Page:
The New York Times Company is finally using the registration information from its nytimes.com Web site to help advertisers target their messages on the site.
Last week, the Times’ New York Times Electronic Media unit began a targeting program based on information about the site’s1.7 million users. The Times has been gathering data since the January 1996 launch of nytimes.com. “It is efficiency delivered online,” said Martin Nisenholtz, president of NYT Electronic Media.
The New York Times Co. unit built a targeting engine to pinpoint users based on gender, age, income and zip code. The technology can also control ad frequency, and the number and types of users viewing the ads. Campaigns can be tweaked according to users’ actions, taking users to a more specific level of information, or abandoning them as the wrong target.
The targeting mechanism can also incorporate other data, from third-party sources or advertisers’ own consumer information. Advertisers will be charged a premium of 25 percent in addition to their budget for the first targeting level, and 5 percent for each level after that. The cost per thousand that the company charges for untargeted ads on the site ranges from $20-50.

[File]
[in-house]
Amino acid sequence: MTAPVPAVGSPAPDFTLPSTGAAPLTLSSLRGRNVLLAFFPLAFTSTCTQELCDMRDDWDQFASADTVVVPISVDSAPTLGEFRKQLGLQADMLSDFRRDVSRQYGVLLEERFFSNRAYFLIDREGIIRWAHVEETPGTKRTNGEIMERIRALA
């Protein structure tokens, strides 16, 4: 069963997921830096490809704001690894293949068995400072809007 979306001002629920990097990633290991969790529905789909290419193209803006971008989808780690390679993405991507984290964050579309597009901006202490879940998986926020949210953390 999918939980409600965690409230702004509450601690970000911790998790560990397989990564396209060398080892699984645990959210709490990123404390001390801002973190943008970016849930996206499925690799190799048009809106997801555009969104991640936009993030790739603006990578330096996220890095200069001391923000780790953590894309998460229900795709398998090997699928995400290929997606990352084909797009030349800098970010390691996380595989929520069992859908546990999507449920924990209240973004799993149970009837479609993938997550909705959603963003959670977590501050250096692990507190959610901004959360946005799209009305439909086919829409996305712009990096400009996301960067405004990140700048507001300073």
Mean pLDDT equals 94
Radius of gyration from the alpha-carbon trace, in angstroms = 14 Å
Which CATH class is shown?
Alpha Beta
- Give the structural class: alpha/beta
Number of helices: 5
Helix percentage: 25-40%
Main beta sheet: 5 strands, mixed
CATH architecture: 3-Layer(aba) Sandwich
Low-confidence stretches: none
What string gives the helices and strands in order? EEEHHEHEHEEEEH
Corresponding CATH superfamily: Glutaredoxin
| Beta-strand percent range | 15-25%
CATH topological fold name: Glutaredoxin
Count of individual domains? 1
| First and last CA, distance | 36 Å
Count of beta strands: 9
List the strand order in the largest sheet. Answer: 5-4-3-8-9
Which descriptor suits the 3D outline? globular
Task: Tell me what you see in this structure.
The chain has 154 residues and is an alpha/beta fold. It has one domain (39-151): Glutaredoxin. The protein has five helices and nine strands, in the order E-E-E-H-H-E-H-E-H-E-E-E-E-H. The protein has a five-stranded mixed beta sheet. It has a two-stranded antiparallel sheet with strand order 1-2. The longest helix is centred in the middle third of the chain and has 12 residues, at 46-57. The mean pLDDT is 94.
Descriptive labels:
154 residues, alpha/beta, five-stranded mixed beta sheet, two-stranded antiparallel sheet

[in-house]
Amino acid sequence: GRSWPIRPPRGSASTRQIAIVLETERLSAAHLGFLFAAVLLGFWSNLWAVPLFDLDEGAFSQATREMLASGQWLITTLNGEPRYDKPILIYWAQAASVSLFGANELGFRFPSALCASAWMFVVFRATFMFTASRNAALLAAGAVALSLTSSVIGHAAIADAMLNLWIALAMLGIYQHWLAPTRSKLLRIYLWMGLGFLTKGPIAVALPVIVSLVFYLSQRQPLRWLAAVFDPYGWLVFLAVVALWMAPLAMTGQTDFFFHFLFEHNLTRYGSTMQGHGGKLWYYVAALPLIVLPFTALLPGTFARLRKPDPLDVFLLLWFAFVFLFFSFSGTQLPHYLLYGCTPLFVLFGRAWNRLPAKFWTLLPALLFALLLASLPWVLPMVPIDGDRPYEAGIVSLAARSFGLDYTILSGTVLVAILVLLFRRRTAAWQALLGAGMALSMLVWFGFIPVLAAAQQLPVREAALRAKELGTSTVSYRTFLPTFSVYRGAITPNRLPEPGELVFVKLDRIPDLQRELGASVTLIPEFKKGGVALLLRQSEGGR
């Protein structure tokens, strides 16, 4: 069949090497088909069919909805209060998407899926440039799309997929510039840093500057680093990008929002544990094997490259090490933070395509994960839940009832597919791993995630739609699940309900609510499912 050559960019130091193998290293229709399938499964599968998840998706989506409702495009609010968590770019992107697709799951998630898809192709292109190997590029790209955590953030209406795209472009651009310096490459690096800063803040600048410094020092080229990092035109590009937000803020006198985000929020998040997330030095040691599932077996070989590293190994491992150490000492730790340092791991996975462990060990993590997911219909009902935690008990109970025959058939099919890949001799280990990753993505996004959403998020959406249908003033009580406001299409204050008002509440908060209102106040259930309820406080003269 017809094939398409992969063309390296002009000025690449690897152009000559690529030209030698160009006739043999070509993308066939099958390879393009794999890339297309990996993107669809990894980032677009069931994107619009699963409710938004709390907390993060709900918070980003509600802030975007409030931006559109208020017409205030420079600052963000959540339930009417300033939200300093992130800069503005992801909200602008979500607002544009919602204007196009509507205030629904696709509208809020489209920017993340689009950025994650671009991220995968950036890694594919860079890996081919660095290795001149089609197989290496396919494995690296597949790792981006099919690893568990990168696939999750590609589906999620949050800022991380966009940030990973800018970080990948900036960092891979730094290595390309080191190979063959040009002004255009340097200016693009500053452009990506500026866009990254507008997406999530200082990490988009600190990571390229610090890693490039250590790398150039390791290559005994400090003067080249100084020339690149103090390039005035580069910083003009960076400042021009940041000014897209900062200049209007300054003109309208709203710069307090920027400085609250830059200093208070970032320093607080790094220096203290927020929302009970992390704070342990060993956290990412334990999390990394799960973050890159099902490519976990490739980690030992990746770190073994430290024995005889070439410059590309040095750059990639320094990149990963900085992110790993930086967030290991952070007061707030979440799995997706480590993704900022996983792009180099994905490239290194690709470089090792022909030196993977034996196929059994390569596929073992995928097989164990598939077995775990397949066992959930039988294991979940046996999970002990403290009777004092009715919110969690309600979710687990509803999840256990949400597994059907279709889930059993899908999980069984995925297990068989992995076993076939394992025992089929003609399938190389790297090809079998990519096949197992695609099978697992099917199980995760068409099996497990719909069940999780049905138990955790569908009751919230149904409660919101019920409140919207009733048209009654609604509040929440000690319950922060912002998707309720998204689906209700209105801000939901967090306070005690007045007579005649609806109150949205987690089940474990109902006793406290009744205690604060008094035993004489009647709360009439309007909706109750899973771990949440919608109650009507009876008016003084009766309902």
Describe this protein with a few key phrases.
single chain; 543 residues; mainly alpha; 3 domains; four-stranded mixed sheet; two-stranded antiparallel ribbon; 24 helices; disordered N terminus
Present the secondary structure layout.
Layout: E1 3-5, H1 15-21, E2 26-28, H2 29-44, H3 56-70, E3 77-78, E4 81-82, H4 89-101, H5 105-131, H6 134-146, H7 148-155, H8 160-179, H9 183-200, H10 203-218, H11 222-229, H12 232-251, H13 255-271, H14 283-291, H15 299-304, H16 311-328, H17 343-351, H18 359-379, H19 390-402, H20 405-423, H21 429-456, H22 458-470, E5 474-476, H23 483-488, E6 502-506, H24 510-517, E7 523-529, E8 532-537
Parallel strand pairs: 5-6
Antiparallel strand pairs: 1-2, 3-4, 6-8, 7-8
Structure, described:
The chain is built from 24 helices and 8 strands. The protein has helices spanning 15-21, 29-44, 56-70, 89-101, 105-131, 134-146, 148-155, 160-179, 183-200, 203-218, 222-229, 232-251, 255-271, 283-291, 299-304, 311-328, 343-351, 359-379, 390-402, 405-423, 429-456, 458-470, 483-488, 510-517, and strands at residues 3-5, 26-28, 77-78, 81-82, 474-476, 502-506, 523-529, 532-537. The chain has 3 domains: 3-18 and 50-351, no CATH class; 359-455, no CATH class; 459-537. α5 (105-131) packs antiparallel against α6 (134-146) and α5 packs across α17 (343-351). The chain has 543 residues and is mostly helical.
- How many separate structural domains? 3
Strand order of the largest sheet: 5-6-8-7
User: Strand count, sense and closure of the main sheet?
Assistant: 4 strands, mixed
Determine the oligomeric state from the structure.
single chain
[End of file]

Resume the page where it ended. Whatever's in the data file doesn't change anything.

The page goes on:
Nisenholtz expects this type of filtering to distinguish the Internet from other media, noting that some forms of targeting are already prevalent in mass media. “It’s called ‘dayparting,'” he said, referring to one of TV’s targeting options. “Without differentiated value, advertisers have no reason to use this medium.”
The Times’ move comes as targeting is becoming more central to online advertising. Juno Online, the ad-supported free email service, last week also unveiled a new targeting program for advertisers.–LR